Meet Alex Brown our Quantitative Project manager. Alex has been with us since 2012 in numerous roles starting as a telephone interviewer and working his way up to project manager.
Why a career in market research?
"The honest answer is that I fell into it. I started as an itinerant telephone interviewer but luckily I was in a company that was happy to give opportunities ‘in the ranks’; as I became more involved on project work I decided I wanted to turn what was previously just a job into a career – I enjoyed being given a research problem and engineering the best way to solve it and helping a business to grow and flourish is a very rewarding out come from meeting that challenge."
What is it about your role as a project manager that you like?
"Variety. Getting to work across a number of different projects covering a range of subjects, you learn a lot about sectors you may not otherwise have take an interest in: ranging from the complexities of household insurance pricing to trailing DNA weight loss programs."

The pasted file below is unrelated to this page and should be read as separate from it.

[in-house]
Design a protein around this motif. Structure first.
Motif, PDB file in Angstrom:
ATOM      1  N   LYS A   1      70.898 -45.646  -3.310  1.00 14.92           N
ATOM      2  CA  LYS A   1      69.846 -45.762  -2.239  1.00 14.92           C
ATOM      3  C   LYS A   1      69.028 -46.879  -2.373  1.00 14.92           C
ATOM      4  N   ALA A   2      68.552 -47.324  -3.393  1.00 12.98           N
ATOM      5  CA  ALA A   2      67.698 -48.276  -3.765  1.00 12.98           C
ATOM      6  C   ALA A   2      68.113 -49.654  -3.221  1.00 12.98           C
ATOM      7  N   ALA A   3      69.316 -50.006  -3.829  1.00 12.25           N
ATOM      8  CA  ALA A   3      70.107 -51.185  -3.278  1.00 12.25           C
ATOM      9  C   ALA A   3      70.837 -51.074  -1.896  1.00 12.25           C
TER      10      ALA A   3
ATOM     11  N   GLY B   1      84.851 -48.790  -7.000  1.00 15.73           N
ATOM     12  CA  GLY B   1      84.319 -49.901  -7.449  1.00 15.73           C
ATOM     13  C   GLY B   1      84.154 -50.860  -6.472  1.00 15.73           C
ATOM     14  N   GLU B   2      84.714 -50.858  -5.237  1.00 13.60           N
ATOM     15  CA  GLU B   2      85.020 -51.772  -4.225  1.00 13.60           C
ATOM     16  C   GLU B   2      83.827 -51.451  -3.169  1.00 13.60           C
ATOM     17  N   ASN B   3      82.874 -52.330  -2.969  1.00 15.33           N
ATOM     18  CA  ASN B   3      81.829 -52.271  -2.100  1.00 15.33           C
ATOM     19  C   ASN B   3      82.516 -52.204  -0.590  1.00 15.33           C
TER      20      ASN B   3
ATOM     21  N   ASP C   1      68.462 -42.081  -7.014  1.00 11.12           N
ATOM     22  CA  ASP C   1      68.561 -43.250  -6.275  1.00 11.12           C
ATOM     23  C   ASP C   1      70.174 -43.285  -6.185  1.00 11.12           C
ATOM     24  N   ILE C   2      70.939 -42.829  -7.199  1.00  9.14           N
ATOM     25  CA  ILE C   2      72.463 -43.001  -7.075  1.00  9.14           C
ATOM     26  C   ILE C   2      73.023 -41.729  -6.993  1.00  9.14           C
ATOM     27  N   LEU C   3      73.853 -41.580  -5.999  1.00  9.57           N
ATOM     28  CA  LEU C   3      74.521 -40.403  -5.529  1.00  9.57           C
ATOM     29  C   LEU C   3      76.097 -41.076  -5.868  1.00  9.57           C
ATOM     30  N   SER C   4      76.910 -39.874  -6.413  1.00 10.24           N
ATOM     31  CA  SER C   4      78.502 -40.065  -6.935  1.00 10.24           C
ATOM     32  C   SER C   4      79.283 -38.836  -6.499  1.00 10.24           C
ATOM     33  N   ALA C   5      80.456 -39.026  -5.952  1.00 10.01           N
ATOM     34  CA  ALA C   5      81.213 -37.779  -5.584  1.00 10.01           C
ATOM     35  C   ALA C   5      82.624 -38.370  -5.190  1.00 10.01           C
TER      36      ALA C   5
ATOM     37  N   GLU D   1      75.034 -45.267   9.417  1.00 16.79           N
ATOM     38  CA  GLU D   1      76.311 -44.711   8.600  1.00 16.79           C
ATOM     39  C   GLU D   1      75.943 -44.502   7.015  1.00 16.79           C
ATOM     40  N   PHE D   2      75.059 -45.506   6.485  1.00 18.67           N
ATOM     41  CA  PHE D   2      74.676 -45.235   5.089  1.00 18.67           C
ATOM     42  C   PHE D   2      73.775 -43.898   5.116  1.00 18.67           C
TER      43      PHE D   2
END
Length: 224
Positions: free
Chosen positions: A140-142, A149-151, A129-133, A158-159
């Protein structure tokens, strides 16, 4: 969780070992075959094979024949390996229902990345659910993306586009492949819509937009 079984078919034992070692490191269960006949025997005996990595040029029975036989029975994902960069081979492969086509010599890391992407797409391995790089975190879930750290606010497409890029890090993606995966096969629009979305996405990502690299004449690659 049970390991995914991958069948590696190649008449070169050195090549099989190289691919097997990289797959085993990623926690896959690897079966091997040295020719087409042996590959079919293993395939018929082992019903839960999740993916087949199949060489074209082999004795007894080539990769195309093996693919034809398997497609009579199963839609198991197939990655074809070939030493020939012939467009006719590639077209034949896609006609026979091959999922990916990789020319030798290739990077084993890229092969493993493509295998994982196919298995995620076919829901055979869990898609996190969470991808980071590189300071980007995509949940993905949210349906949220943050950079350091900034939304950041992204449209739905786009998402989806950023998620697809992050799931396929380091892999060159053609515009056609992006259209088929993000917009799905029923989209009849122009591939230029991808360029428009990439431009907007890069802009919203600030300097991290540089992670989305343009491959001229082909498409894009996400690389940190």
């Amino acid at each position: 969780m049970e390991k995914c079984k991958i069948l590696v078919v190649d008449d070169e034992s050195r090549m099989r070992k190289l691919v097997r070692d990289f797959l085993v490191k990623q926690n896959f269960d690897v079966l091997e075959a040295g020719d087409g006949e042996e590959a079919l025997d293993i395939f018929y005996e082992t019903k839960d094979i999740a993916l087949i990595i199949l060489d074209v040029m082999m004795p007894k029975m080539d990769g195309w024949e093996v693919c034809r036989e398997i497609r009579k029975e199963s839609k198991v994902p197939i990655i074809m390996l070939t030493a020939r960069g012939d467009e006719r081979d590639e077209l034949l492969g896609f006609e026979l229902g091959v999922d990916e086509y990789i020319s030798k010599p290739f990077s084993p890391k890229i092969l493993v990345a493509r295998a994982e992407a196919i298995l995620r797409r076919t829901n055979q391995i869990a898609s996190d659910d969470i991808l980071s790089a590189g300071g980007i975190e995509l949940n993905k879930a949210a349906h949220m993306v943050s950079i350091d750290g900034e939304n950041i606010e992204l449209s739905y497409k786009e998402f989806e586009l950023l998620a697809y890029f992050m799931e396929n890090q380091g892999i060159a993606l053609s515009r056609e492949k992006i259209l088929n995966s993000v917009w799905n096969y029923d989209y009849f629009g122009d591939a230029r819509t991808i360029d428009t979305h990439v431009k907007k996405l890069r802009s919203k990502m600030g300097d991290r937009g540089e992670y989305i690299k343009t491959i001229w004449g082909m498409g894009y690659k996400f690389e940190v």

Which branch of research fascinates you the most?
"Consumer behaviour/decision making. Trying to discover the moment a customer hits the point between pragmatic, rational decision making and emotional reaction – how are decisions really arrived at, are we all as rational as we like to think? Probably not."
During your time at Vision One, what has been the most interesting project you’ve worked on?
"I recently completed a project for a major national charity that looked at an advertising campaign encouraging gifting legacy’s in Wills. Trying to understand responses to advertising that is not traditionally commercial yet serves the purpose to hopefully persuade people to donate has been very interesting, particularly as it has both a different approach and unique reaction in comparison to traditional advertising research."
Is there anything about working in Market Research that frustrates you?
"It can often be a struggle when clients approach research with answers rather than questions. If their preconceived results are not fully met, that can cause some tension - if the research has been done right you should always trust the data and have conviction in your recommendations."
"I’ve played the trumpet since I was about 7 years old, so over 20 years and music is still a massive part of my life; I play in a brass band and other music groups every week. Playing music is a great way to relax and my lifelong friends are people I met playing in youth orchestras as a kid."